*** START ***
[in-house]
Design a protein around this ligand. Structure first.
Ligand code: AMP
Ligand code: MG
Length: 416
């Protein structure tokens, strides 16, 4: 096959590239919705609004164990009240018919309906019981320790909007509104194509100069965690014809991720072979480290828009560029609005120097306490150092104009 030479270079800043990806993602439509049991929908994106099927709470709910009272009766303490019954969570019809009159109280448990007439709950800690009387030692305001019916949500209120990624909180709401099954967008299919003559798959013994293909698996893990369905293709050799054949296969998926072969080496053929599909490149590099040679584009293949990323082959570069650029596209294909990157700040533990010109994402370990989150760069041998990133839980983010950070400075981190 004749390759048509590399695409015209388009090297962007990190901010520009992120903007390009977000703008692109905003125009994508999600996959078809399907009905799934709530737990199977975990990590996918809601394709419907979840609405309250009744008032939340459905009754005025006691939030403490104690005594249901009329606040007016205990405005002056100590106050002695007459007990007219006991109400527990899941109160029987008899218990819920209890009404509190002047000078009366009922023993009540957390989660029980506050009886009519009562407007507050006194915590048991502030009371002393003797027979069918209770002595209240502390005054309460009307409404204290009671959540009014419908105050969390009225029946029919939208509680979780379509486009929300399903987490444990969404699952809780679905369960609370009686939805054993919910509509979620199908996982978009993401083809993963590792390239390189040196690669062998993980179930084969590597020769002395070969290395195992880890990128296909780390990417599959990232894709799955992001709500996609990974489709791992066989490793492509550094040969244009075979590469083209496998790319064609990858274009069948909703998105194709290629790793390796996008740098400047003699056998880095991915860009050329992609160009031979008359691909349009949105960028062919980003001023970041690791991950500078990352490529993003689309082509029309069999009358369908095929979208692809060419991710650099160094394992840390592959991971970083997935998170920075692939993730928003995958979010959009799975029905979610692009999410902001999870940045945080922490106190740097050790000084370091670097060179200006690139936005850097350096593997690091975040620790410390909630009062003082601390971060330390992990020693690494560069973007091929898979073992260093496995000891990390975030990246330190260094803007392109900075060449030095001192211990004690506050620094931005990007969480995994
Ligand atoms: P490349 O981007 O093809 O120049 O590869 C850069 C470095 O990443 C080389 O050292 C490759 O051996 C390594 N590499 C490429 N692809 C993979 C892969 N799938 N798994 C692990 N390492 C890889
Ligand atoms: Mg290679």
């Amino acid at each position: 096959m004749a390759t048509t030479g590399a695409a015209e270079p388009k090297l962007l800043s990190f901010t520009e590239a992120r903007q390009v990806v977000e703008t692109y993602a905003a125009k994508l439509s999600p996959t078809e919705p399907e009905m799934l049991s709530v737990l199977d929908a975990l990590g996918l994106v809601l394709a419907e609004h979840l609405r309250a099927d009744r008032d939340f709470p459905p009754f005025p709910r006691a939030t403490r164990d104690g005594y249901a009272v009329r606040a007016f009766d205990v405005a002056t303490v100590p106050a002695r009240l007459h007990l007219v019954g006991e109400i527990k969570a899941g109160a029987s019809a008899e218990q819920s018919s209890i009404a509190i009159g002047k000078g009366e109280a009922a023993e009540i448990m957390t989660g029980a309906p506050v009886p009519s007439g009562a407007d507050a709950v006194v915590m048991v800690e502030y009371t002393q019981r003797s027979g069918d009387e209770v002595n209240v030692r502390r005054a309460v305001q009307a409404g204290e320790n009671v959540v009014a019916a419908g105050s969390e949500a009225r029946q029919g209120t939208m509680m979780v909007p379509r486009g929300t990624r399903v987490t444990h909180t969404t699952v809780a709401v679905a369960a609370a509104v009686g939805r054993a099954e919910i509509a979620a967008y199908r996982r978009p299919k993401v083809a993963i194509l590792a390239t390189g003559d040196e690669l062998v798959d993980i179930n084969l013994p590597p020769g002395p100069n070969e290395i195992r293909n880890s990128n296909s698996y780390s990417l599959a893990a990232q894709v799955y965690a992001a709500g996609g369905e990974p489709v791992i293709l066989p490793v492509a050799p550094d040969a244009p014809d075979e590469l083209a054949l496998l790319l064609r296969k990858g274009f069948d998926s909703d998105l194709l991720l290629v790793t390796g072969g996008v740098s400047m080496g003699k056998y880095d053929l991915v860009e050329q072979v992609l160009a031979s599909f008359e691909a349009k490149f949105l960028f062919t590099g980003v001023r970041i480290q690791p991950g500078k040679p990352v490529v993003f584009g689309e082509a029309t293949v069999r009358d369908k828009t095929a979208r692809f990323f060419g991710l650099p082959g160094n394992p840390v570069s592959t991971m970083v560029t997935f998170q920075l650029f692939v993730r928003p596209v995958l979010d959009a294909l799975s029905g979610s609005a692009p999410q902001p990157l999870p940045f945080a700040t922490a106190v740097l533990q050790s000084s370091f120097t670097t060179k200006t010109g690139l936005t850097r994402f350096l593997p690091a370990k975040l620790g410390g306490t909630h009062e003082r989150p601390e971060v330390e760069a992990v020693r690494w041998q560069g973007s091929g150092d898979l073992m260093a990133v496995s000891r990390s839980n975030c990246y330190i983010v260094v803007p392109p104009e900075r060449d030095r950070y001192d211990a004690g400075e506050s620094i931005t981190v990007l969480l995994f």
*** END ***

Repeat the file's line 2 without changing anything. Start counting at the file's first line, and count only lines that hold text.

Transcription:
Design a protein around this ligand. Structure first.